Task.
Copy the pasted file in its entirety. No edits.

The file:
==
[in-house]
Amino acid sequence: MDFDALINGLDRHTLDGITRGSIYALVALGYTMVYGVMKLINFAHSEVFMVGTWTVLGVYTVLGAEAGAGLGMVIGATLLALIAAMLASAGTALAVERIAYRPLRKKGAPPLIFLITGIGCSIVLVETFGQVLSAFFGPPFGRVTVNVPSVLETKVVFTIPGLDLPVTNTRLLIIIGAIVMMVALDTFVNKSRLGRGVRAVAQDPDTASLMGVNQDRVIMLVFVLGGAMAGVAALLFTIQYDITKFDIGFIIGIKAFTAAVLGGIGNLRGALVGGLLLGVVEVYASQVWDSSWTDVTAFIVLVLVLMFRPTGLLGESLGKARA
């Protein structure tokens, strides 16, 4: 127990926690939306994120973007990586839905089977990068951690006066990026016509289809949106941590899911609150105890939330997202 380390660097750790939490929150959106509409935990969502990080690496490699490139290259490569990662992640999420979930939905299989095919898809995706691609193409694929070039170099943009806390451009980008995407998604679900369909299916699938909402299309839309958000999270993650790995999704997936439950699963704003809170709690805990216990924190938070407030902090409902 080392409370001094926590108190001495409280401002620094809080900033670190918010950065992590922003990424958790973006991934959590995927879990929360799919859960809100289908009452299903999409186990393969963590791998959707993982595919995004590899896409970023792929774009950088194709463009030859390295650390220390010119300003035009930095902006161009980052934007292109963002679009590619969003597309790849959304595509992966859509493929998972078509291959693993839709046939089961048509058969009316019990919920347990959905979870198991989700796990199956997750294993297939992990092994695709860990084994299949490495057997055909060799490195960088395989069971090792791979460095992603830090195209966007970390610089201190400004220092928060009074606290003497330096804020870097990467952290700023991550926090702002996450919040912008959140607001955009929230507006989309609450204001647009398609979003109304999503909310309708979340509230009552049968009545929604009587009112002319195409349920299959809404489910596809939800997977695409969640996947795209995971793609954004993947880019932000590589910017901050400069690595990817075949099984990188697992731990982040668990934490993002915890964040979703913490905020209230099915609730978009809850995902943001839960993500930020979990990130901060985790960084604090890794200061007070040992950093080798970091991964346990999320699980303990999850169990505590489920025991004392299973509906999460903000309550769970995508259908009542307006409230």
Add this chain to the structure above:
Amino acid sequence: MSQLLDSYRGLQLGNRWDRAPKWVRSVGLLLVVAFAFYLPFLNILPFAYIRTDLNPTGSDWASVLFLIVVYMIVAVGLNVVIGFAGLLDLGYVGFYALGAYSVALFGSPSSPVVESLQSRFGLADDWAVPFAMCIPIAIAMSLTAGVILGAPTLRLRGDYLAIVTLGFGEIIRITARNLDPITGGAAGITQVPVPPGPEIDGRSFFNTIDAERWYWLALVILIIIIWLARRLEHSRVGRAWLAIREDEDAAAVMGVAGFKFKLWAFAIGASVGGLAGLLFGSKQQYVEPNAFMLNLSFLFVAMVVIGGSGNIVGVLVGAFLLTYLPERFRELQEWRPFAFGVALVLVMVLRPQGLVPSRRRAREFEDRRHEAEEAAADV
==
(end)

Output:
[in-house]
Amino acid sequence: MDFDALINGLDRHTLDGITRGSIYALVALGYTMVYGVMKLINFAHSEVFMVGTWTVLGVYTVLGAEAGAGLGMVIGATLLALIAAMLASAGTALAVERIAYRPLRKKGAPPLIFLITGIGCSIVLVETFGQVLSAFFGPPFGRVTVNVPSVLETKVVFTIPGLDLPVTNTRLLIIIGAIVMMVALDTFVNKSRLGRGVRAVAQDPDTASLMGVNQDRVIMLVFVLGGAMAGVAALLFTIQYDITKFDIGFIIGIKAFTAAVLGGIGNLRGALVGGLLLGVVEVYASQVWDSSWTDVTAFIVLVLVLMFRPTGLLGESLGKARA
């Protein structure tokens, strides 16, 4: 127990926690939306994120973007990586839905089977990068951690006066990026016509289809949106941590899911609150105890939330997202 380390660097750790939490929150959106509409935990969502990080690496490699490139290259490569990662992640999420979930939905299989095919898809995706691609193409694929070039170099943009806390451009980008995407998604679900369909299916699938909402299309839309958000999270993650790995999704997936439950699963704003809170709690805990216990924190938070407030902090409902 080392409370001094926590108190001495409280401002620094809080900033670190918010950065992590922003990424958790973006991934959590995927879990929360799919859960809100289908009452299903999409186990393969963590791998959707993982595919995004590899896409970023792929774009950088194709463009030859390295650390220390010119300003035009930095902006161009980052934007292109963002679009590619969003597309790849959304595509992966859509493929998972078509291959693993839709046939089961048509058969009316019990919920347990959905979870198991989700796990199956997750294993297939992990092994695709860990084994299949490495057997055909060799490195960088395989069971090792791979460095992603830090195209966007970390610089201190400004220092928060009074606290003497330096804020870097990467952290700023991550926090702002996450919040912008959140607001955009929230507006989309609450204001647009398609979003109304999503909310309708979340509230009552049968009545929604009587009112002319195409349920299959809404489910596809939800997977695409969640996947795209995971793609954004993947880019932000590589910017901050400069690595990817075949099984990188697992731990982040668990934490993002915890964040979703913490905020209230099915609730978009809850995902943001839960993500930020979990990130901060985790960084604090890794200061007070040992950093080798970091991964346990999320699980303990999850169990505590489920025991004392299973509906999460903000309550769970995508259908009542307006409230």
Add this chain to the structure above:
Amino acid sequence: MSQLLDSYRGLQLGNRWDRAPKWVRSVGLLLVVAFAFYLPFLNILPFAYIRTDLNPTGSDWASVLFLIVVYMIVAVGLNVVIGFAGLLDLGYVGFYALGAYSVALFGSPSSPVVESLQSRFGLADDWAVPFAMCIPIAIAMSLTAGVILGAPTLRLRGDYLAIVTLGFGEIIRITARNLDPITGGAAGITQVPVPPGPEIDGRSFFNTIDAERWYWLALVILIIIIWLARRLEHSRVGRAWLAIREDEDAAAVMGVAGFKFKLWAFAIGASVGGLAGLLFGSKQQYVEPNAFMLNLSFLFVAMVVIGGSGNIVGVLVGAFLLTYLPERFRELQEWRPFAFGVALVLVMVLRPQGLVPSRRRAREFEDRRHEAEEAAADV